Saturday, September 3, 2011

RAHSAAN BARBER'S MAGIC TOUCH

“After I recorded this album, I told my dad if I get hit by a car tomorrow it would be okay because I made this album. It is that personal for me,” said saxophone player Rahsaan Barber, 31,  about Everyday Magic, his new album Jazz Music City released Tuesday. Barber has big aspirations for Nashville, his hometown. He wants it to be a jazz hub like New York, Chicago, and Detroit. Everyday Magic is the initial step toward that goal.

Barber was born and raised in Nashville, Tennessee. His dad was a bass player. His mom was a sister, and his grandmother was a piano player. His twin brother Roland (their dad named them after the jazz saxophone player Rahsaan Roland Kirk) plays the trombone. In 2001, they co-led the album Twinnovation. Barber attended Manhattan School of Music. He decided to make his mark in Nashville instead of New York. He pointed out Nashville is full of unsung jazz musicians, and the jazz scene there is ripe.

Everyday Magic is Barber second album as a leader. Trio Soul was his first. He owns the record label and concert promotion company Jazz Music City. On Everyday Magic, he composed all the music, and hired Nashville jazz musicians Adam AgatiJody NardoneJerry Navarro, and Nioshi Jackson.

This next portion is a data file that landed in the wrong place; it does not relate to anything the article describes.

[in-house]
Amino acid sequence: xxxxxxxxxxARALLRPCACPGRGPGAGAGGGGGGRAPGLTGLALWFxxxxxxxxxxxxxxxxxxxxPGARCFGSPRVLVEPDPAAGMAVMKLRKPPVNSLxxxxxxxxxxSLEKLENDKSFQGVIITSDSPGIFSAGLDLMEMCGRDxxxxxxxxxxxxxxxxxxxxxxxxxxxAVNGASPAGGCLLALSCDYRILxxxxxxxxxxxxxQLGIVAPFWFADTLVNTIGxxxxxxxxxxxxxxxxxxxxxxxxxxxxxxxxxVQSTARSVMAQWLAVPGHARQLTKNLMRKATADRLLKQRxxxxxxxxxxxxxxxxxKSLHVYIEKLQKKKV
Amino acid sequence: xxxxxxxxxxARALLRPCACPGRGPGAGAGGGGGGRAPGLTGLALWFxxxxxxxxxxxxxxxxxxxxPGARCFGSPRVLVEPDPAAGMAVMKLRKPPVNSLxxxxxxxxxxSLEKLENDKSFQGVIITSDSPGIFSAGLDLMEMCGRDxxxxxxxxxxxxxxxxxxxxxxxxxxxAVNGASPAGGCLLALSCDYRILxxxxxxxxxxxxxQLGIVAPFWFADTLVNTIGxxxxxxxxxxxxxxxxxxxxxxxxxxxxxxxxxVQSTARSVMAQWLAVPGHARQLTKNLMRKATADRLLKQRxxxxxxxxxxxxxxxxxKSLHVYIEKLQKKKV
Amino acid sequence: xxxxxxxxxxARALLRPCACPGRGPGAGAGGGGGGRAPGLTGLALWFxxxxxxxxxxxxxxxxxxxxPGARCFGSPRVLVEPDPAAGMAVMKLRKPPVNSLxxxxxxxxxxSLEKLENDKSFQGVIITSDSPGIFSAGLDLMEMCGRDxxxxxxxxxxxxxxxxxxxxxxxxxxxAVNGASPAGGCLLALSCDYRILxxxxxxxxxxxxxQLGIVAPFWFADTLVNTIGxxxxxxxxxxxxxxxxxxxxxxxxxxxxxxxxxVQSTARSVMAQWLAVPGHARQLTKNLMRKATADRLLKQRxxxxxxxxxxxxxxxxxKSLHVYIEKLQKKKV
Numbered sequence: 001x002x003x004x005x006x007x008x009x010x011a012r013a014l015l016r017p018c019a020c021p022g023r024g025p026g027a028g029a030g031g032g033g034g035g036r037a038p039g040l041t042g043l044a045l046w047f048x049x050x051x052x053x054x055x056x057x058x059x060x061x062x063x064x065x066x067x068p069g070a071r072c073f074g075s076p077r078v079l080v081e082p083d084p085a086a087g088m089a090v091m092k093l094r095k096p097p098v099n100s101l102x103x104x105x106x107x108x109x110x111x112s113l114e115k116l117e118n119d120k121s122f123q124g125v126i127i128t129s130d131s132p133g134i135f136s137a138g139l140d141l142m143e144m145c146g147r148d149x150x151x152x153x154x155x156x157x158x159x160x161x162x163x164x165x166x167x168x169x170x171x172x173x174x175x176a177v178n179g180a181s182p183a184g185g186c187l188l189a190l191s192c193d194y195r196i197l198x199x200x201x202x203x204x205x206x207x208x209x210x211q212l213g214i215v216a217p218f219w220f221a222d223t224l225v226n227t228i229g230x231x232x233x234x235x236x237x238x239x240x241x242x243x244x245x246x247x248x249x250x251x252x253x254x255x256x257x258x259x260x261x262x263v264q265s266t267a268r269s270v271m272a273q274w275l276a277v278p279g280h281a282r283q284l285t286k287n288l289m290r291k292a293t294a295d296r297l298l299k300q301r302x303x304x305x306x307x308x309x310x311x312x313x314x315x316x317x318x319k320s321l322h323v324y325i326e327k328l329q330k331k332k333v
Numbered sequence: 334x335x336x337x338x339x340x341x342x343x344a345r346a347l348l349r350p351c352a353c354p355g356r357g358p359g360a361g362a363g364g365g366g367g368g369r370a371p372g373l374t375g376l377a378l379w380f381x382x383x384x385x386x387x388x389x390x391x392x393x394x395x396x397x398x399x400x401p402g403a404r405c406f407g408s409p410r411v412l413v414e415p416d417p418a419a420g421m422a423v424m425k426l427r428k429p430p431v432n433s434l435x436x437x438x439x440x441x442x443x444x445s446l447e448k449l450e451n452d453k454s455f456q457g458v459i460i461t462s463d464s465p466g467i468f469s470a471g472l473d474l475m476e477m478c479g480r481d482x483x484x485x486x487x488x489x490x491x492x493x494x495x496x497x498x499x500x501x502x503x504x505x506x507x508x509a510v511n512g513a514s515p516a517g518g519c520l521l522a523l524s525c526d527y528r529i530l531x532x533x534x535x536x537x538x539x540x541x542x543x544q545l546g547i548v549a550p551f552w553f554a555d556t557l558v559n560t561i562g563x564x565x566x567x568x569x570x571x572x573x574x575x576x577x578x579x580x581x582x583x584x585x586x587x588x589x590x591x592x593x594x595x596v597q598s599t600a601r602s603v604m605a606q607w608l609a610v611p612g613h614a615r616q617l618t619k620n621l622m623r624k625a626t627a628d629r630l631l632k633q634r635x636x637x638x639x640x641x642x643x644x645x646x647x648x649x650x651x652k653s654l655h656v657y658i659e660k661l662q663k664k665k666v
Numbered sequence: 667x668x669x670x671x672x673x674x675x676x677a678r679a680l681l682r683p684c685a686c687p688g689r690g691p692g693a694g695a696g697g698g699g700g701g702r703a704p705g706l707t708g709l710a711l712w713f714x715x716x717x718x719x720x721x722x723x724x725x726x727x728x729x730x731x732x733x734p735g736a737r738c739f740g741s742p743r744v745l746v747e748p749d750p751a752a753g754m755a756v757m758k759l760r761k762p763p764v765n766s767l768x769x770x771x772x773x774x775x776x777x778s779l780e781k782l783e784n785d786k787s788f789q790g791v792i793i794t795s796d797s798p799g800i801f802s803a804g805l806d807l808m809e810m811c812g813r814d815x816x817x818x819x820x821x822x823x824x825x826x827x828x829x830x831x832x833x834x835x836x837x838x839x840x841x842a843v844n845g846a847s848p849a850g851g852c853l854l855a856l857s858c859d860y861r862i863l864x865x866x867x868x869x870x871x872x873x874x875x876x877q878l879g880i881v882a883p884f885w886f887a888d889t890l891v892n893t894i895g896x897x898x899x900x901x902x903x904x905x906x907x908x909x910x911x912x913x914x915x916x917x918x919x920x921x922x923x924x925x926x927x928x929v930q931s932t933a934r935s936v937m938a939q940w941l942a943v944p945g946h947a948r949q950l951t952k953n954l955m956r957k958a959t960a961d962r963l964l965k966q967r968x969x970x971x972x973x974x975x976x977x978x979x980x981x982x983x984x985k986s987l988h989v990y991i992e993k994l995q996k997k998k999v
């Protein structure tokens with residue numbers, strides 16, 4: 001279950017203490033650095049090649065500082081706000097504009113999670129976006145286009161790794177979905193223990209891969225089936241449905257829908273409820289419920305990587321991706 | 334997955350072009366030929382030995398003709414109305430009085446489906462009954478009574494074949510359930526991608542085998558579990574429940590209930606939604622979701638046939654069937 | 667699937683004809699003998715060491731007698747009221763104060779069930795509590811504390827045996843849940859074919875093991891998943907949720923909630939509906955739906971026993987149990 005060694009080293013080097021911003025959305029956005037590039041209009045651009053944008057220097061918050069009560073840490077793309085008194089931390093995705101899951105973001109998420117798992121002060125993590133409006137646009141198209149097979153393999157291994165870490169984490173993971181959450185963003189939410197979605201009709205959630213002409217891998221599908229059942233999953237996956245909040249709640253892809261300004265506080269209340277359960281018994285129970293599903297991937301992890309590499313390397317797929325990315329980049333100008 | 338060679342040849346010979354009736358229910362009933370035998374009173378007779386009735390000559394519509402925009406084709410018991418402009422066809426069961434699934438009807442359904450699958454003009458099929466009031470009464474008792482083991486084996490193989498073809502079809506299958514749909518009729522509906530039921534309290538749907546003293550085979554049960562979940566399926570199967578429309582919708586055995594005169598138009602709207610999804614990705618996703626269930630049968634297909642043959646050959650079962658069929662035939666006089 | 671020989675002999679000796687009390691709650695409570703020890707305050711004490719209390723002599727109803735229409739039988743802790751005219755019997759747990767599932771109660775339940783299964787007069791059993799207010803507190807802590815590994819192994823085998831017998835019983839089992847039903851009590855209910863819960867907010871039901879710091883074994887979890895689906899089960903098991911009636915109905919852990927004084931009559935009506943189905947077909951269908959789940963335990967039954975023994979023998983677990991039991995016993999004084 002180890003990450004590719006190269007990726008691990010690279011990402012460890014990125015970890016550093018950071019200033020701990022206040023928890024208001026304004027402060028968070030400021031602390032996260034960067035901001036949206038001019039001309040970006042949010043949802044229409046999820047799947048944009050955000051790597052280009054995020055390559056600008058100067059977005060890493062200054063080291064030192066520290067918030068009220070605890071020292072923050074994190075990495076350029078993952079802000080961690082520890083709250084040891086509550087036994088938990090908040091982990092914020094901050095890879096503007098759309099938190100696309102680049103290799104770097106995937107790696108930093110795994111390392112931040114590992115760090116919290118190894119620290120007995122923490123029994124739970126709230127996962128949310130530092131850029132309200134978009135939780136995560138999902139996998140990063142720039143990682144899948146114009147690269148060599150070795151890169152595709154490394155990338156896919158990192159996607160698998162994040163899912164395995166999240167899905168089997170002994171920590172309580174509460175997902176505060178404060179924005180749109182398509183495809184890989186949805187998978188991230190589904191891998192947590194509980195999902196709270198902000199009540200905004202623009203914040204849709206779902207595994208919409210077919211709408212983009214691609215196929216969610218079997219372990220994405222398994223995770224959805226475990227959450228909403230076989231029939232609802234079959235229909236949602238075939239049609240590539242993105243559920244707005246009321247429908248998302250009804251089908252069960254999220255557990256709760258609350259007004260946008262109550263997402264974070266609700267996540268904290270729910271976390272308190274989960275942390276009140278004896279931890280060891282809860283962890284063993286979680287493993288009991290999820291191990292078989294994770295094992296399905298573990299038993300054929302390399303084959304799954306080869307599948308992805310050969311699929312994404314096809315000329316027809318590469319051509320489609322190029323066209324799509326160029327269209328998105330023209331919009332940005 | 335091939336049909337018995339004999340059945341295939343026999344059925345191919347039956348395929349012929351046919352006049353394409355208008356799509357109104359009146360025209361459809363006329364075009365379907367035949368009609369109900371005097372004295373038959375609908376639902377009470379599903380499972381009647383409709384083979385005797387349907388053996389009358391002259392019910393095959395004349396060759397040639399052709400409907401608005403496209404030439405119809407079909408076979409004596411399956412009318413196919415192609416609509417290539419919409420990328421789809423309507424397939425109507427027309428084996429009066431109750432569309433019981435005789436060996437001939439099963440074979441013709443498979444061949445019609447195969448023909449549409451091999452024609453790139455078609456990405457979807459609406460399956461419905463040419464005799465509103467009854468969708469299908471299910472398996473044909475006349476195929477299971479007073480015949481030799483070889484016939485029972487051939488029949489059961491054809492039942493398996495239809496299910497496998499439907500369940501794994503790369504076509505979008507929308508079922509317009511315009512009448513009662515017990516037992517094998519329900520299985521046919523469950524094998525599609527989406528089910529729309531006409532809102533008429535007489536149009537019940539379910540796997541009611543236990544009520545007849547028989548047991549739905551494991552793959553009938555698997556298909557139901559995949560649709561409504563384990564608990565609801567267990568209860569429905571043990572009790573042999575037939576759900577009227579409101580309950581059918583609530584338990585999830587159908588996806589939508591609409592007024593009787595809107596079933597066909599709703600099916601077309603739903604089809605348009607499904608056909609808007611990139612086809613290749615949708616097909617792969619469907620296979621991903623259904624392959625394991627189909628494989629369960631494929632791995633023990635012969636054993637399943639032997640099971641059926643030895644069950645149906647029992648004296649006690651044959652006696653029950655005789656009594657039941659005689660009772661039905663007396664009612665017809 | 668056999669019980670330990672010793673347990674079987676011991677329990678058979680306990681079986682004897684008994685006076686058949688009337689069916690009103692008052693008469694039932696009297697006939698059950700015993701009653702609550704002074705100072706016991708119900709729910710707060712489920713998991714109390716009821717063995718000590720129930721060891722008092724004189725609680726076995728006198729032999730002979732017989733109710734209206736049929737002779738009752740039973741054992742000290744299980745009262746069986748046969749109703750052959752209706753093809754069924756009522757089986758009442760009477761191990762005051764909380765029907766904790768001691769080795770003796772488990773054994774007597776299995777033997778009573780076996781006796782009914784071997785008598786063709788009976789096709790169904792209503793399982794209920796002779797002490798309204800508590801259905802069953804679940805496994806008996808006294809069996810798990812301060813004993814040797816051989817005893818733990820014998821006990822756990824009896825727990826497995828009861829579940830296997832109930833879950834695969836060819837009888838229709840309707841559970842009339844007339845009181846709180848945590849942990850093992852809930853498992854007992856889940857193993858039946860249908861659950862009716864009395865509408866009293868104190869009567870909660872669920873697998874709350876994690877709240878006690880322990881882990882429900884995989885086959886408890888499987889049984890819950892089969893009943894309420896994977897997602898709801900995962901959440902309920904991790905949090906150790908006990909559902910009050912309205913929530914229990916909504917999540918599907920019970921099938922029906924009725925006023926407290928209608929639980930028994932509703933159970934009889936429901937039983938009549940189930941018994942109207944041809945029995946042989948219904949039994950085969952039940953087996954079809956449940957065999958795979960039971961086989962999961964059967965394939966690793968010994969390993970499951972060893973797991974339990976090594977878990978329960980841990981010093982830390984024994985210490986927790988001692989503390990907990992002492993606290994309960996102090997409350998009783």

One of Everyday Magic’s many highlights is a spirited exchange with Roland on Why So Blue. Barber boyhood idol was sax man Stanley Turrentine. Barber's playing is deep and soulful like Turrentine's was. You can also hear elements of three soulful Tennessee saxophone players in Barber playing Hank Crawford, Sonny Criss, and Frank Strozier.

“This record is the culmination of many years of hard work, and it is good to have this record in hand. I think there are more years of practicing and long, long hours in store for me, but it is nice to have gotten to this point,” Barber said. I Dig Jazz talked to Barber about Everyday Magic and his plans for Jazz Music City.

Your band is tighter than strings on a tennis racket. Were they a natural fit for your originals?
We literally learned to play this music in the studio. That is not the way I like to record. I like to go out and play this music for a year, and then record it. But it didn't work out that way given our schedules. The majority of the music we didn't play until the Monday we went into the studio. I’m looking forward now to going out and playing this music more regularly.

Why did you record all originals?
I don't now any standards that sound the way these tunes sound. It's certainly possible that we could have done A Child is Born instead of Manhattan Grace, and Naima instead of Adagio. I felt that I had enough material to work with this record at a high enough level without stepping outside of my own compositions.
I think I have been fortunate enough to play with theses great Nashville jazz musicians that master whatever music I put in front of them. I think I have found myself musically at a higher level than I could when I was 25-year-old.

Did you set out to make a statement with this album?